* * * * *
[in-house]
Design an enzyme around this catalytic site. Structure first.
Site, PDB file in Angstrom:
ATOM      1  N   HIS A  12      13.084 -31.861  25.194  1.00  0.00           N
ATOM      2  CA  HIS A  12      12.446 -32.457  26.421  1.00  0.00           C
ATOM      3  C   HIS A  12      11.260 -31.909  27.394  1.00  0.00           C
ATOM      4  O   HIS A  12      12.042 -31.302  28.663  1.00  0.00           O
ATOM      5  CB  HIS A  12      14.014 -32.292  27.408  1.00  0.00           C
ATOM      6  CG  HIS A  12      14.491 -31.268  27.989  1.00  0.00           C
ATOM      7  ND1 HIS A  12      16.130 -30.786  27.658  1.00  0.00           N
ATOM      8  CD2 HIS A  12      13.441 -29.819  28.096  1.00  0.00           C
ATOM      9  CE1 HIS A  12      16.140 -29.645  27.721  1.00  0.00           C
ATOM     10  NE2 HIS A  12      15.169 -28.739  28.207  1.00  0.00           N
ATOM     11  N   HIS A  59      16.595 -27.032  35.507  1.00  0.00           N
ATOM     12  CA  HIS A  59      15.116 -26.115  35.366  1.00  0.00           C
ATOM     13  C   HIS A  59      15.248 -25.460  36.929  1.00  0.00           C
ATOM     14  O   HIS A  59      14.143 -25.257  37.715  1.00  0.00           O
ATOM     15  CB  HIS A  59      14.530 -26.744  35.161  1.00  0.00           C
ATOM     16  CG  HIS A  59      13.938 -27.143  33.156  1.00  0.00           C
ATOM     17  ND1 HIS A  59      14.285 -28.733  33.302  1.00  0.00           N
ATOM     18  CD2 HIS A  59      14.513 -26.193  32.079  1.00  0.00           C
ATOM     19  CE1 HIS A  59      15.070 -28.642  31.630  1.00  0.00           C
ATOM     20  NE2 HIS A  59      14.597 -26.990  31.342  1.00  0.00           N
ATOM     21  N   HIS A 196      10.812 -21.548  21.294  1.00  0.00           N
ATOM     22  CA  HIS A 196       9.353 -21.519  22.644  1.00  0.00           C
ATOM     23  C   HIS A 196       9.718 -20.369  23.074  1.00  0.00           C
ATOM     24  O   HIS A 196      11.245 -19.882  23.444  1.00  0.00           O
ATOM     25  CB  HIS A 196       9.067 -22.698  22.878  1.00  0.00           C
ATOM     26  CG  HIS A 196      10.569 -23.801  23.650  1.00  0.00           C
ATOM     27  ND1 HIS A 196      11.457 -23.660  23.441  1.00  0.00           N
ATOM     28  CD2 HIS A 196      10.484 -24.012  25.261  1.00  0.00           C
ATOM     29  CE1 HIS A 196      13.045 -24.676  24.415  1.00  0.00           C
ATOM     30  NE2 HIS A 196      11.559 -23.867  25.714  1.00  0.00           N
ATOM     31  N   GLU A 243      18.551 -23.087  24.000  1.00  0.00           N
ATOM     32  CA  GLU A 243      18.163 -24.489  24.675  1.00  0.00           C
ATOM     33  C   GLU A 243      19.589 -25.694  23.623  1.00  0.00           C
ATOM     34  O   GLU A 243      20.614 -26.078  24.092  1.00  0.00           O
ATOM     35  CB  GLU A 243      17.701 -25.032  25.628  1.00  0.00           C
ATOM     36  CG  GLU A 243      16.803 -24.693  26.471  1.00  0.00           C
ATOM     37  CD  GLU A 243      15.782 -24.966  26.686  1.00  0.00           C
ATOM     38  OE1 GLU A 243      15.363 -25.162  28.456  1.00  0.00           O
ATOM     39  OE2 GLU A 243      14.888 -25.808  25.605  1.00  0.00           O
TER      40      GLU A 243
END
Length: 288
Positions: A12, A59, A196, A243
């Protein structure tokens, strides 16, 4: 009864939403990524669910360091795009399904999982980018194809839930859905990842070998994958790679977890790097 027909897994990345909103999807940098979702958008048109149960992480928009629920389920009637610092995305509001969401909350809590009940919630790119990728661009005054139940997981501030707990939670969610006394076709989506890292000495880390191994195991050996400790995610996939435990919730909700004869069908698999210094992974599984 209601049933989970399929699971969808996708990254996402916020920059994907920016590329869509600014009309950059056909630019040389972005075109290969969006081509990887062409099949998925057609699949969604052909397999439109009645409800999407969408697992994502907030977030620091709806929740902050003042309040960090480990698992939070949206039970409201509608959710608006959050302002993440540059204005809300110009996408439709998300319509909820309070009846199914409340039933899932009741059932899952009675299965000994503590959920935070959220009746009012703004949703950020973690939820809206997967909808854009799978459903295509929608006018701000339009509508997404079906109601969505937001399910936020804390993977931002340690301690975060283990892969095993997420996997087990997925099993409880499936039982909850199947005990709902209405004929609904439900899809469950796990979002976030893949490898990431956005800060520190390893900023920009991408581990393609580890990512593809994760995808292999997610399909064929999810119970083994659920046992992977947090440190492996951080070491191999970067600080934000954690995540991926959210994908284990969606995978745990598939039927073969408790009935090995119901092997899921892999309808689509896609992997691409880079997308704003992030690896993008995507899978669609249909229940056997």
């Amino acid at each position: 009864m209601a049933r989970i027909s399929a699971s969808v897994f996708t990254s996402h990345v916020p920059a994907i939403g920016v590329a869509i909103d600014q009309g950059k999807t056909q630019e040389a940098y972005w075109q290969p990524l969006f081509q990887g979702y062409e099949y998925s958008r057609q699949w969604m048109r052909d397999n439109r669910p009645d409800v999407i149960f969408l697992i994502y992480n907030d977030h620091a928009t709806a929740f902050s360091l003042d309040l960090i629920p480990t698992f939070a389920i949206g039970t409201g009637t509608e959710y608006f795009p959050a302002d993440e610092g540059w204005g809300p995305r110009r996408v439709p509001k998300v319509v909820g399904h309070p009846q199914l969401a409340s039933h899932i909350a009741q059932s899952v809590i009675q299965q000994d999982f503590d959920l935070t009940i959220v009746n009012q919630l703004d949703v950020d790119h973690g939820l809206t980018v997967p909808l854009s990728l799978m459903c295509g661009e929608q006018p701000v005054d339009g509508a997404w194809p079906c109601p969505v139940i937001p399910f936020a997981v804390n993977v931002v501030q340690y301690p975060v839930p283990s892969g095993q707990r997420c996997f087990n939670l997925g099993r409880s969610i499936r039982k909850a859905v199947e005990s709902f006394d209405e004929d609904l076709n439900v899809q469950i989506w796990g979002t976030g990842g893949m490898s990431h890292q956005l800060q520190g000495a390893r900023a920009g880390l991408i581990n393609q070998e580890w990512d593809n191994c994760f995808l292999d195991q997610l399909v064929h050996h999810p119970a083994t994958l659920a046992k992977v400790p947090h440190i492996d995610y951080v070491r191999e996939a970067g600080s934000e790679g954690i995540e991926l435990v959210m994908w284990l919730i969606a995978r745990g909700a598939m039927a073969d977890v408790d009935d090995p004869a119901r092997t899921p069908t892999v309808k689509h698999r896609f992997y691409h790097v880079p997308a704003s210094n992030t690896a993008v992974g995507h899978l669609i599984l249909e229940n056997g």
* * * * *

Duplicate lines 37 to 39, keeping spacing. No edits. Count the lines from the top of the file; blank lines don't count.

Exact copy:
ATOM     34  O   GLU A 243      20.614 -26.078  24.092  1.00  0.00           O
ATOM     35  CB  GLU A 243      17.701 -25.032  25.628  1.00  0.00           C
ATOM     36  CG  GLU A 243      16.803 -24.693  26.471  1.00  0.00           C